|Publication number||US6087270 A|
|Application number||US 09/100,528|
|Publication date||Jul 11, 2000|
|Filing date||Jun 18, 1998|
|Priority date||Jun 18, 1998|
|Publication number||09100528, 100528, US 6087270 A, US 6087270A, US-A-6087270, US6087270 A, US6087270A|
|Inventors||Alan R. Reinberg, Kevin G. Donohoe, Brian A. Vaartstra|
|Original Assignee||Micron Technology, Inc.|
|Export Citation||BiBTeX, EndNote, RefMan|
|Patent Citations (5), Non-Patent Citations (12), Referenced by (11), Classifications (18), Legal Events (6)|
|External Links: USPTO, USPTO Assignment, Espacenet|
This invention relates to methods of patterning substrates, particularly in semiconductor wafer fabrication.
The desire for integrated circuits of greater complexity and performance has driven designers to shrink the size of minimum features in the horizontal plane. Avoidance of excessive current density, however, has meant that the horizontal scaling has not necessarily been accompanied by a reduction in the vertical dimension. This has resulted in increase of the ratio of feature height to feature width, something generally referred to as aspect ratio. The increased aspect ratio has resulted in problems with the use of conventional single-layer resists in integrated circuitry fabrication. Multilevel resist processes have been developed to overcome these problems.
Multilevel resist processing is a lithography method (not necessarily photolithography) whereby a thick base layer (not necessarily a resist sensitive layer) is covered with one or more thinner layers, the top one of which is a sensitive film at the wavelength of light or other exposure energy to be used. The thick base layer is typically an organic layer which is spun onto the wafer and may be thicker than the underlying steps to provide an outer surface which is smooth and generally planar. If the underlaying layer over which the base layer is provided is not already planar, the base layer is typically intended to provide a significantly more planar outer surface than the original wafer topography. An example thickness for the base layer is 1 micron.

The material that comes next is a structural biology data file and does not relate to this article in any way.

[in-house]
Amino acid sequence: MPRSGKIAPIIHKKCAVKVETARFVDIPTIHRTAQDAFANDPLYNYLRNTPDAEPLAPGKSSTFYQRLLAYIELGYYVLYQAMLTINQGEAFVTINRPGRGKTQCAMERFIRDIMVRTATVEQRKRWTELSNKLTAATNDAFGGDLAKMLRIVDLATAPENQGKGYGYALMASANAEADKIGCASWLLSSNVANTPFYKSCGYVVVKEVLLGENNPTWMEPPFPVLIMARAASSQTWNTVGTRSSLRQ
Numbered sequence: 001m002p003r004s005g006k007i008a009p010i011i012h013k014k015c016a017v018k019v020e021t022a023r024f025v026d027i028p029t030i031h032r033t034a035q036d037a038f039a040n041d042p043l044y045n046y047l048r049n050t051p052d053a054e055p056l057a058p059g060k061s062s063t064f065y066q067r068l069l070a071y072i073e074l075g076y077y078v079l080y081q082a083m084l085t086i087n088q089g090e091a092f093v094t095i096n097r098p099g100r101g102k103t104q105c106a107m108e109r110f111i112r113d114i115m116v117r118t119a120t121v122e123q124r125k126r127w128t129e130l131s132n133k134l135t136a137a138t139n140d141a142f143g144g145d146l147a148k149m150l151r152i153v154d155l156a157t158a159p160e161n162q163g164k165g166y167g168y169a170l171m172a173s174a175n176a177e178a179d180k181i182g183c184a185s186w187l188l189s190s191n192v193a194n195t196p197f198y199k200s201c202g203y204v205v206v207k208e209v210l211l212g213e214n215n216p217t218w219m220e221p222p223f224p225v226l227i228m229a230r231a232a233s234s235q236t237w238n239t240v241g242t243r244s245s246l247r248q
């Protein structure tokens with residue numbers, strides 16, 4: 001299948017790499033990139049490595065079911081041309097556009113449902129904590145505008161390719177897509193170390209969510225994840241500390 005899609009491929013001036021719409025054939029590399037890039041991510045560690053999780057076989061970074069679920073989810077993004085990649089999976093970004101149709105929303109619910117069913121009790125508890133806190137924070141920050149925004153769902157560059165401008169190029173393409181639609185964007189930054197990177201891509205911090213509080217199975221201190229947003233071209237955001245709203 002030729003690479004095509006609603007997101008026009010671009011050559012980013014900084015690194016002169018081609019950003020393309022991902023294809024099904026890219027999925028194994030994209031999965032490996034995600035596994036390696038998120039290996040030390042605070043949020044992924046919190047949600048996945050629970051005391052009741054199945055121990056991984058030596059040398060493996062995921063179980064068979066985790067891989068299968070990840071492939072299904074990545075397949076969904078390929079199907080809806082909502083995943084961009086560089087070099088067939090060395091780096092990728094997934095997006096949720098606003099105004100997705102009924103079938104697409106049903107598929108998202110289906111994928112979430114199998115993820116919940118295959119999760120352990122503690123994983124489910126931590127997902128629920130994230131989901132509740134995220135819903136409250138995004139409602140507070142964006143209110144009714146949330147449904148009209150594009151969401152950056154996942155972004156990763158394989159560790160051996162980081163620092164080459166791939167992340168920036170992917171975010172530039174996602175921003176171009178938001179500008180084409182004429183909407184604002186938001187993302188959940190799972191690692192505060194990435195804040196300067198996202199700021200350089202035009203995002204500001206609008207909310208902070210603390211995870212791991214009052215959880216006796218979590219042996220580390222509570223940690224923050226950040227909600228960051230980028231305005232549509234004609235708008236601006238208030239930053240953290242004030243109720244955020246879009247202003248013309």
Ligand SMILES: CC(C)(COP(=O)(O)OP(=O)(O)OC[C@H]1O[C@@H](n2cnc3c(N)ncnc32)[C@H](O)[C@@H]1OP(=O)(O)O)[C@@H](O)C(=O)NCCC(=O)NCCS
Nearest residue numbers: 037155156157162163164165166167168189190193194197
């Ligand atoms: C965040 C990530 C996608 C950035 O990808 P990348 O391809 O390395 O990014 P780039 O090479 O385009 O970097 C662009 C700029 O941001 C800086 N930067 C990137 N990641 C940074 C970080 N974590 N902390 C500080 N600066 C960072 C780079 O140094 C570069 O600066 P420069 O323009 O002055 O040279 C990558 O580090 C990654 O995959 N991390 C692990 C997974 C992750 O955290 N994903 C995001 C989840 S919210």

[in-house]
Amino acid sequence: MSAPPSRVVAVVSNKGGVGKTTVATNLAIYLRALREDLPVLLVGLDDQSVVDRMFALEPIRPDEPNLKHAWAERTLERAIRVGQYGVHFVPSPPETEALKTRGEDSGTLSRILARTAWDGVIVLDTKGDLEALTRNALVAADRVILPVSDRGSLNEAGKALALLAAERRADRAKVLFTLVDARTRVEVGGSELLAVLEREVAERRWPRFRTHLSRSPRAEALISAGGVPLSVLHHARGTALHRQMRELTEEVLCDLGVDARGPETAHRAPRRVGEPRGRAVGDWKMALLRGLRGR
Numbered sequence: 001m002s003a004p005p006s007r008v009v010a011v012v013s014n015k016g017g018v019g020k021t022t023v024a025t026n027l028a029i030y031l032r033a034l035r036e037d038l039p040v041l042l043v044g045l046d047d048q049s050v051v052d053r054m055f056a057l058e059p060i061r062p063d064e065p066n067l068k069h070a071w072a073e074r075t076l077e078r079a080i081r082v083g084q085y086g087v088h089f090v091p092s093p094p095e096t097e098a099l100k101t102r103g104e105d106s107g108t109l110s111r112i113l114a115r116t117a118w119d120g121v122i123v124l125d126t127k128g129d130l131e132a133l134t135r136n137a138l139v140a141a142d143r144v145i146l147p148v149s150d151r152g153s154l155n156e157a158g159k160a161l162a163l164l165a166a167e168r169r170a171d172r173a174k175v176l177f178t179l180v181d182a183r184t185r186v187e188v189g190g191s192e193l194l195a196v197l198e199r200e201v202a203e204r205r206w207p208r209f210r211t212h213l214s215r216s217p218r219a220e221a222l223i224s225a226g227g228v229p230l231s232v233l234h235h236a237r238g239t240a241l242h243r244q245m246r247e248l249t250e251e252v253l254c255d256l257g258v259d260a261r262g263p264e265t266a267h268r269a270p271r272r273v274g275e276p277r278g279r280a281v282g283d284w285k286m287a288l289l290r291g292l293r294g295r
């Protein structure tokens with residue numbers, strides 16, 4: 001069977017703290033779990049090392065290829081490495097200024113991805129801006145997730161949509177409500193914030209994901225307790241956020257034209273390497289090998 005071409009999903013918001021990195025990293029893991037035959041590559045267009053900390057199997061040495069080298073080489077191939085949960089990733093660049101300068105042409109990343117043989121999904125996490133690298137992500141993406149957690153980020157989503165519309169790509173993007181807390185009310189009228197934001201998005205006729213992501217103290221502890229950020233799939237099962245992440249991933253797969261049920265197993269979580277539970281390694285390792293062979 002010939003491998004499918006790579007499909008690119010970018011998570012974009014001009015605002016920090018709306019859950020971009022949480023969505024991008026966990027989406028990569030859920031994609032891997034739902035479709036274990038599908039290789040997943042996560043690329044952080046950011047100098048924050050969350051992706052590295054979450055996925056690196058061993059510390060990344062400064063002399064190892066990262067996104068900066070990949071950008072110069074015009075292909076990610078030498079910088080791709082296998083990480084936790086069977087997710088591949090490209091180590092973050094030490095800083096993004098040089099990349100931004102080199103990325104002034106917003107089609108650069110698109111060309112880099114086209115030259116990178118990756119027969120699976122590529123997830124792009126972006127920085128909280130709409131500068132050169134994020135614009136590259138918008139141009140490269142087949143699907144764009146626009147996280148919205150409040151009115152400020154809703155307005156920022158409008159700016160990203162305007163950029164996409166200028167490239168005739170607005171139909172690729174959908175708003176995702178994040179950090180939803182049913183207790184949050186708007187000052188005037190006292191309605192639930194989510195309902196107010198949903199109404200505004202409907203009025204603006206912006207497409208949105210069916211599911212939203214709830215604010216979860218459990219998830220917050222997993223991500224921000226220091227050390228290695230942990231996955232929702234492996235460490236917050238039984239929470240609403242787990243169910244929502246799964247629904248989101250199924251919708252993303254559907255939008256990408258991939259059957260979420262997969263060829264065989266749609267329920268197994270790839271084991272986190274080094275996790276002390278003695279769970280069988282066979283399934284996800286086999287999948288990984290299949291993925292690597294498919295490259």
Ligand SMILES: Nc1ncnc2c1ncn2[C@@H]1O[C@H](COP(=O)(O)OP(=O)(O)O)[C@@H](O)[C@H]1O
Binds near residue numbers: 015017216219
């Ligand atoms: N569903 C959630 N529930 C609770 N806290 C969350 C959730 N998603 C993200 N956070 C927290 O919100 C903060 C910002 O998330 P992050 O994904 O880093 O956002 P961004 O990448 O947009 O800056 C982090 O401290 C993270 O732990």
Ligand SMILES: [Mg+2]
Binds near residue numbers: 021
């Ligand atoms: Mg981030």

After baking this bottom layer, a thinner imaging layer is provided thereover. In certain instances, a thin intermediate masking layer, such as SiO2, is deposited on the thick layer prior to depositing the imaging layer. High resolution patterns are then created in the thin top layer through openings in a mask utilizing incident energy capable of changing properties of the exposed portions of the outer layer. The transformed regions of the thin top layer are then removed. The removed portions are next precisely transferred into the underlying layers, including the thick planarizing layer, using the delineated imaging layer as a blanket exposure or etching mask to pattern the base or planarizing layer. Example preferred prior art methods include reactive ion etching utilizing an oxygen-containing gas in a high density plasma etcher for the base layer. For the intermediate masking layer, an example etching chemistry is a fluorocarbon/hydrofluorocarbon gas mix.